Wait, there’s more: You find the same Groundhog Day story when you look at the pronouncements of seemingly reputable economists. In May 2009, Allan Meltzer, a well-known monetary economist and historian of the Federal Reserve, had an Op-Ed article published in The Times warning that a sharp rise in inflation was imminent unless the Fed changed course. Over the next five years, Mr. Meltzer’s preferred measure of prices rose at an annual rate of only 1.6 percent, and his response was published in another op-ed article, this time in The Wall Street Journal. The title? “How the Fed Fuels the Coming Inflation.”

So what’s going on here?

I’ve written before about how the wealthy tend to oppose easy money, perceiving it as being against their interests. But that doesn’t explain the broad appeal of prophets whose prophecies keep failing.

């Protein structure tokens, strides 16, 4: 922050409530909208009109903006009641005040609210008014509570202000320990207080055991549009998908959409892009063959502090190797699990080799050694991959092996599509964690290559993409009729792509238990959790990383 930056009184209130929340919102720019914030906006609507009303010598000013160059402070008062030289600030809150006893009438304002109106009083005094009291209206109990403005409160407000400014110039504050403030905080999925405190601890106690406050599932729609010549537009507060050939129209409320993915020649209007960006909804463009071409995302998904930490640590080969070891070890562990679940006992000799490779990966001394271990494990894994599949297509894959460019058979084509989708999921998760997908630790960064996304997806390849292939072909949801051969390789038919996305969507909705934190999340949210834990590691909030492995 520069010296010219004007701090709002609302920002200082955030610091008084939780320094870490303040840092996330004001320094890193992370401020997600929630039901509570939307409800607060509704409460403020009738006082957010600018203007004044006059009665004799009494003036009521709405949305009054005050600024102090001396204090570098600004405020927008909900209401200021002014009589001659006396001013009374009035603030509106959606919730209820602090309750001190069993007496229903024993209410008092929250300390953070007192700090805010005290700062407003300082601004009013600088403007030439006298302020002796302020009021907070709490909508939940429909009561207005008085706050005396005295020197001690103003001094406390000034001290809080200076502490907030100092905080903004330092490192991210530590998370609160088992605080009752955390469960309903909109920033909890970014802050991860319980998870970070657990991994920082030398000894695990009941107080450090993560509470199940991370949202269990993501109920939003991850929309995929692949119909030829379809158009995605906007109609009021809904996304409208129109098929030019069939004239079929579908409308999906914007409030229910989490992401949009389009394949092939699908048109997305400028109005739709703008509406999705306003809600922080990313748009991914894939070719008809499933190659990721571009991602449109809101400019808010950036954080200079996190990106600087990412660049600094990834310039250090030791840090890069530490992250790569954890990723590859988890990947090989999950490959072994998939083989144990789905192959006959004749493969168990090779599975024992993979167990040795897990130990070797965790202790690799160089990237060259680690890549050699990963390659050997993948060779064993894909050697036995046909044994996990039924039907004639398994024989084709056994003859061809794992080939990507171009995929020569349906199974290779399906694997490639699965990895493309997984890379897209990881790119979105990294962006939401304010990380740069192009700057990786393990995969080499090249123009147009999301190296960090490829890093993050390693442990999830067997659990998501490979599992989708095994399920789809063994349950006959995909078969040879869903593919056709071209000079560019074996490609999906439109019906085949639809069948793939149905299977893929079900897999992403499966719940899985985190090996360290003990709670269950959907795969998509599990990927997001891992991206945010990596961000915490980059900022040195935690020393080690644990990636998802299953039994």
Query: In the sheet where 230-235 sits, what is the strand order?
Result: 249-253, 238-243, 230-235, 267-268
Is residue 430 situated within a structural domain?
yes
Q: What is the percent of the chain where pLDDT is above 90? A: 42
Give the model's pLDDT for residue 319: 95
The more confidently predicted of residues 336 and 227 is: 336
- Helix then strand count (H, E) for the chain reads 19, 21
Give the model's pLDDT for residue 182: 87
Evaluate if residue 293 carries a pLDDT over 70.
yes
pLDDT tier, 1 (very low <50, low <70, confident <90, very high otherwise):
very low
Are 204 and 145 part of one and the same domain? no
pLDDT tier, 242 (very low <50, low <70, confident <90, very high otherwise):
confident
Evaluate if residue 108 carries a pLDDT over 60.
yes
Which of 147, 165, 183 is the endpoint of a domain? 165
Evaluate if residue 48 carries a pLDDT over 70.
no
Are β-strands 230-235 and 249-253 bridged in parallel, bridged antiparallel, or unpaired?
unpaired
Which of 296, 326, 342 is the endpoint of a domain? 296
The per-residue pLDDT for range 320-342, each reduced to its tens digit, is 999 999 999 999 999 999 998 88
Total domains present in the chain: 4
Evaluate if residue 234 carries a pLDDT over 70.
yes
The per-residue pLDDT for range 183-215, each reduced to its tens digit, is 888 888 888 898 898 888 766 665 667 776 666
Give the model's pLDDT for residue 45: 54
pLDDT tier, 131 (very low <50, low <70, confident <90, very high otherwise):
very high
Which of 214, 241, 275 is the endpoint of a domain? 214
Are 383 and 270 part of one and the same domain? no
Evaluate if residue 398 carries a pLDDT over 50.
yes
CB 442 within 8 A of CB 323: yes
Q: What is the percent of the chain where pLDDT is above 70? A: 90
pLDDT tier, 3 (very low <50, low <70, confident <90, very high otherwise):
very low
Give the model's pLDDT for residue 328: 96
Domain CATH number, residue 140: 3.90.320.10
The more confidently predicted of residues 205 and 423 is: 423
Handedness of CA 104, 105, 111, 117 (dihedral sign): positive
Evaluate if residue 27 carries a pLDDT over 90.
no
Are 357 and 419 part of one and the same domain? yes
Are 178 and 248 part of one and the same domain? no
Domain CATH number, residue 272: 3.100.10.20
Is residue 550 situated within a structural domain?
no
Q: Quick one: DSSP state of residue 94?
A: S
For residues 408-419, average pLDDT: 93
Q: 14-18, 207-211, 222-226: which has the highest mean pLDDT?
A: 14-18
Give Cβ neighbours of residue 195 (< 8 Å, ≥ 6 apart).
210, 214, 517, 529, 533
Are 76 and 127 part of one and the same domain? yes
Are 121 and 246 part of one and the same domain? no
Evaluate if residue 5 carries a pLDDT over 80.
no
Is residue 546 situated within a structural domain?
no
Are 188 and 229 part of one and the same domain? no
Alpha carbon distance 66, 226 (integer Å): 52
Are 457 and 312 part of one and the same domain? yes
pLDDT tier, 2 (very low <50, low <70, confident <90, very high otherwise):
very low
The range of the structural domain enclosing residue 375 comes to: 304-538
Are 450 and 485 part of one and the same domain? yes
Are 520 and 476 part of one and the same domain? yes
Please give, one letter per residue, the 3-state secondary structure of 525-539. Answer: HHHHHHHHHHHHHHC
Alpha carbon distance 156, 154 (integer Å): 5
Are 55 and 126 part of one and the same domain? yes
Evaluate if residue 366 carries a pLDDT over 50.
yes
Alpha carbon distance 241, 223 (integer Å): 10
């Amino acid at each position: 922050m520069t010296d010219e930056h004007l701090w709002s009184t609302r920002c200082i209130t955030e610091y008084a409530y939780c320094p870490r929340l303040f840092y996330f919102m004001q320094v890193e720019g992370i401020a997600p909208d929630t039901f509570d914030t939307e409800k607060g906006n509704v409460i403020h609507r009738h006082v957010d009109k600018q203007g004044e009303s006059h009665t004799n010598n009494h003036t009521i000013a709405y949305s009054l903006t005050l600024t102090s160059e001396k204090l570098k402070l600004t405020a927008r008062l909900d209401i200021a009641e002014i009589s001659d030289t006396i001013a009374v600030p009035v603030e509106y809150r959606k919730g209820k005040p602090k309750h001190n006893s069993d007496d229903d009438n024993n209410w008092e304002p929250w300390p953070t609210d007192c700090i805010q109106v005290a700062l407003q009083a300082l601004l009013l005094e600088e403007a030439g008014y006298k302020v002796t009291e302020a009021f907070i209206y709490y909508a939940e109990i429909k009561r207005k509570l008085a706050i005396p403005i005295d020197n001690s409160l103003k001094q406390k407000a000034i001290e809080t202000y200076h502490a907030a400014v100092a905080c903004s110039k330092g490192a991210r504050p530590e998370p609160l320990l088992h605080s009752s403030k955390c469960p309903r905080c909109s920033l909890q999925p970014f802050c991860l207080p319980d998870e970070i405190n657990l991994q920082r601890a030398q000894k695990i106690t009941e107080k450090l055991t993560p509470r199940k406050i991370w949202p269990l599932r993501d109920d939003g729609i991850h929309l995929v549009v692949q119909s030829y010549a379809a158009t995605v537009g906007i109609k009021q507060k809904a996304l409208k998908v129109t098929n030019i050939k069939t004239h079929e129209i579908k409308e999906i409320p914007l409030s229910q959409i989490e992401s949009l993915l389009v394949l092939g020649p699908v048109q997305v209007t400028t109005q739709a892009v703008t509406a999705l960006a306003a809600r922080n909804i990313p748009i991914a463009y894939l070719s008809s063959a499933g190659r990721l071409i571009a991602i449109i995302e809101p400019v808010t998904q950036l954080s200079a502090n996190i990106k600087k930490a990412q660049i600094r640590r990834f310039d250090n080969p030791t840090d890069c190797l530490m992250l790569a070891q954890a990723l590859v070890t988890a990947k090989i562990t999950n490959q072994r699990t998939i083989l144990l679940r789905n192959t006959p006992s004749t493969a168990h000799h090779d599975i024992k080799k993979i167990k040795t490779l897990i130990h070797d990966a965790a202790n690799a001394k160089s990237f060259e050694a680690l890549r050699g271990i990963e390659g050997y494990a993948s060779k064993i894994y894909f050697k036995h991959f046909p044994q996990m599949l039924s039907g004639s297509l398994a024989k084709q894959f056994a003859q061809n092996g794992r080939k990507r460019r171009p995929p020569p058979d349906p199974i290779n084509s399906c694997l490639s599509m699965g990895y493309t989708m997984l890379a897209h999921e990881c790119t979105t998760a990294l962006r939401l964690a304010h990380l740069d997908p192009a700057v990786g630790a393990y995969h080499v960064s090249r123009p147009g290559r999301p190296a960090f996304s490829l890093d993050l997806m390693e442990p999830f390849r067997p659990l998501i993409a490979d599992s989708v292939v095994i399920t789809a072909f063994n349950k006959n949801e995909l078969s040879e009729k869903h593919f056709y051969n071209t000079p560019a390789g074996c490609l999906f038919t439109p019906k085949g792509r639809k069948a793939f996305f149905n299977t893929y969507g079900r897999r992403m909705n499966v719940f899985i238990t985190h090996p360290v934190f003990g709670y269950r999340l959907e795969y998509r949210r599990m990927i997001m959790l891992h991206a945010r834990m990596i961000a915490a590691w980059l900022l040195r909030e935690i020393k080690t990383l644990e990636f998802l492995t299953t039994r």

Part of that appeal is clearly political; there’s a reason why Mr. Santelli yells about both inflation and how President Obama is giving money away to “losers,” why Mr. Ryan warns about both a debased currency and a government that redistributes from “makers” to “takers.” Inflation cultists almost always link the Fed’s policies to complaints about government spending. They’re completely wrong about the details — no, the Fed isn’t printing money to cover the budget deficit — but it’s true that governments whose debt is denominated in a currency they can issue have more fiscal flexibility, and hence more ability to maintain aid to those in need, than governments that don’t.